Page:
Daughter of a Jewish family from Brooklyn, she was a militant of the Weathermen Underground, the main legend of the white revolutionary left. She belonged, afterwards, to one of the organization’s descendants, the May 19th Communist Organization, which specialized - during the 70’s and 80’s - in the explosion of military installations, mainly in New York and Washington DC.
Arrested in May 1985, Whiteborn ended up sentenced to 20 years in prison, but received probation after serving 14.
Police group organizes a campaign against paroling political prisoners
She was able to return to political activity in 2005 and since then has participated in several associations that collaborate with the prisoners, in addition to acting in publications dealing with themes directly or indirectly linked to carcerary issues.
Her ideas on what to do, however, are quite peculiar.
“The case of political prisoners is marginal in our country," she says. "As much as we work to their advantage, there is a huge public opinion retaining wall. We can only break through this isolation if we approach the subject as part of the fight against mass incarceration, one of the most brutal and explicit faces of state violence."
The path she points to passes by flags such as maximum age restriction to imprisonment, release in case of severe illnesses, more generous criminal progression mechanisms and the elimination of solitary confinement for bloodless crimes.
Her former partner in the organization and jailmate Susan Lisa Rosenberg, 61, found another way to contribute to the libertarian campaign: she devoted much of her time after leaving prison to writing her biography, entitled An American Radical: a Political Prisoner in My Own Country, released in 2011.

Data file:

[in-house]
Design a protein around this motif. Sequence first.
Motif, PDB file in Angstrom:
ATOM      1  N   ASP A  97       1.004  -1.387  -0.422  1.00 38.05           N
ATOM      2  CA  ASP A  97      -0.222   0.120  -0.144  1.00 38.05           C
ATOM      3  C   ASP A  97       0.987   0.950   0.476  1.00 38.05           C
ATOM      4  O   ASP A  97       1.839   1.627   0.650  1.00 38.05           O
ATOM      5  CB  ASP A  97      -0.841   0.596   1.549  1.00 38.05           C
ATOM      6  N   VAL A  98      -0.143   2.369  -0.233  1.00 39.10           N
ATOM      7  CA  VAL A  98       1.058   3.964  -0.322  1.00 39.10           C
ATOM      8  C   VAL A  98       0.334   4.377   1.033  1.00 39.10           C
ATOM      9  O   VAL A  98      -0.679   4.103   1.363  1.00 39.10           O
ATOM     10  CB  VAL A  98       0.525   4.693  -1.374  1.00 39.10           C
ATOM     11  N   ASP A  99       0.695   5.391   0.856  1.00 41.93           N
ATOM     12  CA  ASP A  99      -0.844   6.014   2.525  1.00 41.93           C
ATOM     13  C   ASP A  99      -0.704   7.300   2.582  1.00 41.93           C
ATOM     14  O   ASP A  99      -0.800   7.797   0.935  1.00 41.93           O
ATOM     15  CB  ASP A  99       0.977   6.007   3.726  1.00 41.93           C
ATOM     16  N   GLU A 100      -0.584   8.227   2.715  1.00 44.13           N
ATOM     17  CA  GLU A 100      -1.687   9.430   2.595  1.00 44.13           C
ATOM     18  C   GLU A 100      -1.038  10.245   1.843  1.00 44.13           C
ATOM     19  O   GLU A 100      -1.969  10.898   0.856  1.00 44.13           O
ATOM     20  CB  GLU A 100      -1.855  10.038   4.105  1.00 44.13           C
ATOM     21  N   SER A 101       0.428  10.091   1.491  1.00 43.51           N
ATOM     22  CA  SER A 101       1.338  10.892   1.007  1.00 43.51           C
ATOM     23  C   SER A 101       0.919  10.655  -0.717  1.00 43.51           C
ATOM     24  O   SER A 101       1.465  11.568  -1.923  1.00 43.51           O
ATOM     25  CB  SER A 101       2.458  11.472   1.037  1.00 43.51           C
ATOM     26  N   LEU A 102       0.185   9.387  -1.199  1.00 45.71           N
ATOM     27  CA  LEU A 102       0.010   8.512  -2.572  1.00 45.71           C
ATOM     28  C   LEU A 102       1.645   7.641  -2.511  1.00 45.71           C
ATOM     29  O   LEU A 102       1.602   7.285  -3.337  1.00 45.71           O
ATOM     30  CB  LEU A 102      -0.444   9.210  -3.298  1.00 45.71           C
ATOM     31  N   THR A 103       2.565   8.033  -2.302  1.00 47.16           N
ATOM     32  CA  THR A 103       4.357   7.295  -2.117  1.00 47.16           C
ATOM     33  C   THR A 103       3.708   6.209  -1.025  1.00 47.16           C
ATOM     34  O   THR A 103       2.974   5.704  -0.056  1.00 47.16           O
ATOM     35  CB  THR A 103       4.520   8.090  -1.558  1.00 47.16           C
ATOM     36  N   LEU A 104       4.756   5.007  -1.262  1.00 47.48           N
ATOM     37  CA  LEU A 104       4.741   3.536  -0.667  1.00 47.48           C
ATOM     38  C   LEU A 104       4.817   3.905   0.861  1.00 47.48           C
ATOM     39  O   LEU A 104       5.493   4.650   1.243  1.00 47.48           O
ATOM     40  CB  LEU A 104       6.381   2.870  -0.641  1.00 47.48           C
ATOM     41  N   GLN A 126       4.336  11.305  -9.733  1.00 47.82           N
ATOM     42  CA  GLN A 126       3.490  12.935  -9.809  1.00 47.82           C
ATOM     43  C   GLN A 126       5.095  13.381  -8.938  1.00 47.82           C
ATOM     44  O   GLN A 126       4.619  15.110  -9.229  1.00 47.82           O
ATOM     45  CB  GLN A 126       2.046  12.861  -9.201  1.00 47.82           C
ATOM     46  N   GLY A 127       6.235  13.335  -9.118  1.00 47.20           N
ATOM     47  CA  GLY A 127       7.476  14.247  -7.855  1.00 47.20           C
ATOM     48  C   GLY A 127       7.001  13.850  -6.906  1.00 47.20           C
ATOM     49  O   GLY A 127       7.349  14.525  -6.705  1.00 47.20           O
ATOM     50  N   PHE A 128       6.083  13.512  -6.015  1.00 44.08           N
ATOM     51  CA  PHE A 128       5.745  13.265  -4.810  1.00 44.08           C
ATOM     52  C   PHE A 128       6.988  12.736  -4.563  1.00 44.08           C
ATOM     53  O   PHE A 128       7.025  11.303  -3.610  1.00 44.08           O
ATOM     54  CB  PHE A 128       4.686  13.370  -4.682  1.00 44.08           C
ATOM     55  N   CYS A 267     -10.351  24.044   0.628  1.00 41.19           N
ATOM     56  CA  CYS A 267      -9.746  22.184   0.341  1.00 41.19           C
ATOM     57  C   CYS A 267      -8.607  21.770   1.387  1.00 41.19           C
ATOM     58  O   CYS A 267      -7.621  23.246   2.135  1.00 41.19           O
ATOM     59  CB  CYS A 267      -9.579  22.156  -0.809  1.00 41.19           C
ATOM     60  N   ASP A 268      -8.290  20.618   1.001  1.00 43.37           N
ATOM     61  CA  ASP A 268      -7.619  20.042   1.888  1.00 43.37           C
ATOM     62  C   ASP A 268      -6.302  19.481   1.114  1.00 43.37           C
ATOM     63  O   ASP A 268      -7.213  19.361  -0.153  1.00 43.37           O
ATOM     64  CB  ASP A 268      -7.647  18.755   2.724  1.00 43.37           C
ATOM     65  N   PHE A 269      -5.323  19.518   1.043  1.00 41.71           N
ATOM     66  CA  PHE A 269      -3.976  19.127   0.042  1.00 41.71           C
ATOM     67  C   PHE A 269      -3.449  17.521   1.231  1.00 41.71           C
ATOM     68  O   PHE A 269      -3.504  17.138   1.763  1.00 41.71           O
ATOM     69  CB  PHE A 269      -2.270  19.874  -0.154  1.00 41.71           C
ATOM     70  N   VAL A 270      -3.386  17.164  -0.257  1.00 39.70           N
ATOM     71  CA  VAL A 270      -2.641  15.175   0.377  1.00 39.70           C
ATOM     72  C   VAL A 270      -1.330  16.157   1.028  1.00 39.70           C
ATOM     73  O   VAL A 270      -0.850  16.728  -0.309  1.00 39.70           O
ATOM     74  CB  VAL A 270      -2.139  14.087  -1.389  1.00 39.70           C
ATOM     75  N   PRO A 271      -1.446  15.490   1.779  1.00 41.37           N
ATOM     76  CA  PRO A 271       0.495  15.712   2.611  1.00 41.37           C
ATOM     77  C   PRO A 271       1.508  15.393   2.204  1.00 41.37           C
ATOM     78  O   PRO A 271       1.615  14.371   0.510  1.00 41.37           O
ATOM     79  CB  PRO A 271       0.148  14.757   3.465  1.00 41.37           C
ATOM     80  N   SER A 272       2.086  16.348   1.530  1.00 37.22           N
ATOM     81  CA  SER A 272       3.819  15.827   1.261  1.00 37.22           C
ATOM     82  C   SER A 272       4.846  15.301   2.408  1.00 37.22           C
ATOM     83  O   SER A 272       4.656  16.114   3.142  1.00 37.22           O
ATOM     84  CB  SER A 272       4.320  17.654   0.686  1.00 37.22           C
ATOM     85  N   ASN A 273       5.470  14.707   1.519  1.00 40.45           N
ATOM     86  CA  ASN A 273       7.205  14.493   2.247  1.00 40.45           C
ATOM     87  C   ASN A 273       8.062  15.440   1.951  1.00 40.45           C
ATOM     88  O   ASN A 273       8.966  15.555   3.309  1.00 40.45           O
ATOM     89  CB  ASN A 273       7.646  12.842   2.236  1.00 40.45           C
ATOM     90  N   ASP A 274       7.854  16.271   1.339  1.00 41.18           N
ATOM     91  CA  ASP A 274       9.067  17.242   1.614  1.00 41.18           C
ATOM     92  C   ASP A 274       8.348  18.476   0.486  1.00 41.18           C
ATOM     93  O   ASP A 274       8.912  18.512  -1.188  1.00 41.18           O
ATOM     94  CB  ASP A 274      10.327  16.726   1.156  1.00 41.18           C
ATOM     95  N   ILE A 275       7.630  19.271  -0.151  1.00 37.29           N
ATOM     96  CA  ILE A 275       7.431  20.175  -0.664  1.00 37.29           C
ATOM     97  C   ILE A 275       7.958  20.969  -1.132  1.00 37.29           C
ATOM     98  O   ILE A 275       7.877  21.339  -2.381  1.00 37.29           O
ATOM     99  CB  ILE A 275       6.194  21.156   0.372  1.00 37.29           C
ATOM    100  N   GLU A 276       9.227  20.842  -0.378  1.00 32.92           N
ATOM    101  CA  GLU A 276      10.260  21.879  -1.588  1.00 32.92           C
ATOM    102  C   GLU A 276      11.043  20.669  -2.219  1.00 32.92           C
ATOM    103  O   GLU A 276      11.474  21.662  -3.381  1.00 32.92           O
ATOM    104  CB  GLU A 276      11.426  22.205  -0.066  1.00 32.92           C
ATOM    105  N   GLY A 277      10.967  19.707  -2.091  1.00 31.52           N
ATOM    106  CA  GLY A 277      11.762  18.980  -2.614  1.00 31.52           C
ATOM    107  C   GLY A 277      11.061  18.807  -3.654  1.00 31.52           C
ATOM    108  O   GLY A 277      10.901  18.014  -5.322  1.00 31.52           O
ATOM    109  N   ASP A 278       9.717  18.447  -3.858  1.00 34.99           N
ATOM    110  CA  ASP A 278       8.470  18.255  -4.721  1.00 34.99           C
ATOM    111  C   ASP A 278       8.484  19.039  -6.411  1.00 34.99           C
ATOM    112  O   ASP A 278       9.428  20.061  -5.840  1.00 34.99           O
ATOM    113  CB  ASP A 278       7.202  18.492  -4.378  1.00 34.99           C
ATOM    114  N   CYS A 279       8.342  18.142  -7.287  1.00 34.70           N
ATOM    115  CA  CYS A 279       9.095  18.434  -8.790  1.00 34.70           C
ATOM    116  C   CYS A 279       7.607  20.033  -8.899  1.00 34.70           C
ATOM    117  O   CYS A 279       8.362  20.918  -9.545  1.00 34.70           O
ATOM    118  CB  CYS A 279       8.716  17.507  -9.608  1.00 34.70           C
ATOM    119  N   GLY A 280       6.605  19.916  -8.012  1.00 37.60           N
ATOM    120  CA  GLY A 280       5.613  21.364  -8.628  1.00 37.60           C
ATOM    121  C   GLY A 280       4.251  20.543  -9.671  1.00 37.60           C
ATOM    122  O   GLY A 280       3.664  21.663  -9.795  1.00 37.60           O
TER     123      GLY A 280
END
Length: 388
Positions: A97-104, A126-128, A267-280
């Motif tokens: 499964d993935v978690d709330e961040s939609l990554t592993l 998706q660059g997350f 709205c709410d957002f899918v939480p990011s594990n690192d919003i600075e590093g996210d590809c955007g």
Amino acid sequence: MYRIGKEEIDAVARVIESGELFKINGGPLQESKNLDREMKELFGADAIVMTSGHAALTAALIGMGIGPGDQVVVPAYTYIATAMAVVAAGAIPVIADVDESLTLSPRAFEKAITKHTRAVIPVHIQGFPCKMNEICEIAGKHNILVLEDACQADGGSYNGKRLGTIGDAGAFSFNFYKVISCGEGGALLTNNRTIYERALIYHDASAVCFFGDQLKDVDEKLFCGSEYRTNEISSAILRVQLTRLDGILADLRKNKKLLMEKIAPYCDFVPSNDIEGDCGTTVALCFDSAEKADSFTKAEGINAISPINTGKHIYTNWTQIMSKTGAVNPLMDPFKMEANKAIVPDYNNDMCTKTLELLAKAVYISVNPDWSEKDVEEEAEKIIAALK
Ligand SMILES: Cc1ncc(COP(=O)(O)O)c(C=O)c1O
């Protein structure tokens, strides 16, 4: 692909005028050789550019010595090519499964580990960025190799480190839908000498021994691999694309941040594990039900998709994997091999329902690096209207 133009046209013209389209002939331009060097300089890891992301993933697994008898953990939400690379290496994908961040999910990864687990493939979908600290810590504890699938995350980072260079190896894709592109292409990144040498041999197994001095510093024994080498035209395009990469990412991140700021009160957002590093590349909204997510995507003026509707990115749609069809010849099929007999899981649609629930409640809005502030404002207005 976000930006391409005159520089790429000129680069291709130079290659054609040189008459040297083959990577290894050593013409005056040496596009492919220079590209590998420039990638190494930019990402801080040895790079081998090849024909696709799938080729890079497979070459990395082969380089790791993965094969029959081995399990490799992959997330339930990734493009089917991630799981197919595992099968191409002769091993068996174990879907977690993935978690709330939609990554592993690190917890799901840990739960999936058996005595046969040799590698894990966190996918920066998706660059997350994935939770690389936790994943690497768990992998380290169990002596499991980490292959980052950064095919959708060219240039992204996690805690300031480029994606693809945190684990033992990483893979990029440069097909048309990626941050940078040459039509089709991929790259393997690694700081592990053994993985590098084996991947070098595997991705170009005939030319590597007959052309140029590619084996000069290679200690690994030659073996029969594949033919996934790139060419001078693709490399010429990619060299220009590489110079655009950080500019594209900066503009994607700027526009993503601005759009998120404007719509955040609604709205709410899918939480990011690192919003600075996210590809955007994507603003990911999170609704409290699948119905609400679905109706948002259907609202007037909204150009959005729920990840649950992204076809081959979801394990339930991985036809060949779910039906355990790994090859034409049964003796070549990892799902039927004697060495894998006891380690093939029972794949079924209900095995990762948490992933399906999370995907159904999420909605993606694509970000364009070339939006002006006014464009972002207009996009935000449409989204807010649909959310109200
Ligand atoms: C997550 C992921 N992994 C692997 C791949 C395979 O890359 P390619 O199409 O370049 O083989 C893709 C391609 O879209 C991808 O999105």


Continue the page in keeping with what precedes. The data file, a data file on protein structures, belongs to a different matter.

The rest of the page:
Several former political prisoners have chosen to put their experience on paper . In fact, in the last decade, there has been a small literary wave with publications on the subject, which end up assisting in the dissemination of this drama that originated in the rebel years.
Susan was arrested with explosives in 1985, during a police operation. It was the latest chapter of her political life, which started in high school, before she knew the worst of the country’s dungeons.
Sentenced to 58 years, she benefited from the pardon given by President Bill Clinton on the last day of his mandate, which reduced her sentence to 23 years and allowed for her immediate parole.
For her, the solidarity towards prisoners goes beyond a humanitarian issue; it represents the rescue of a generation’s commitment.
"We made terrible mistakes, believing in alternatives that had no chance of succeeding," she confesses. "We fought for what was worthing fighting, for dreams that are still current. But I still believe in socialism and see myself as an anti-imperialist activist. Nothing we did was in vain. "
Português: Ex-prisioneiros, libertos, organizam solidariedade a atuais detentos
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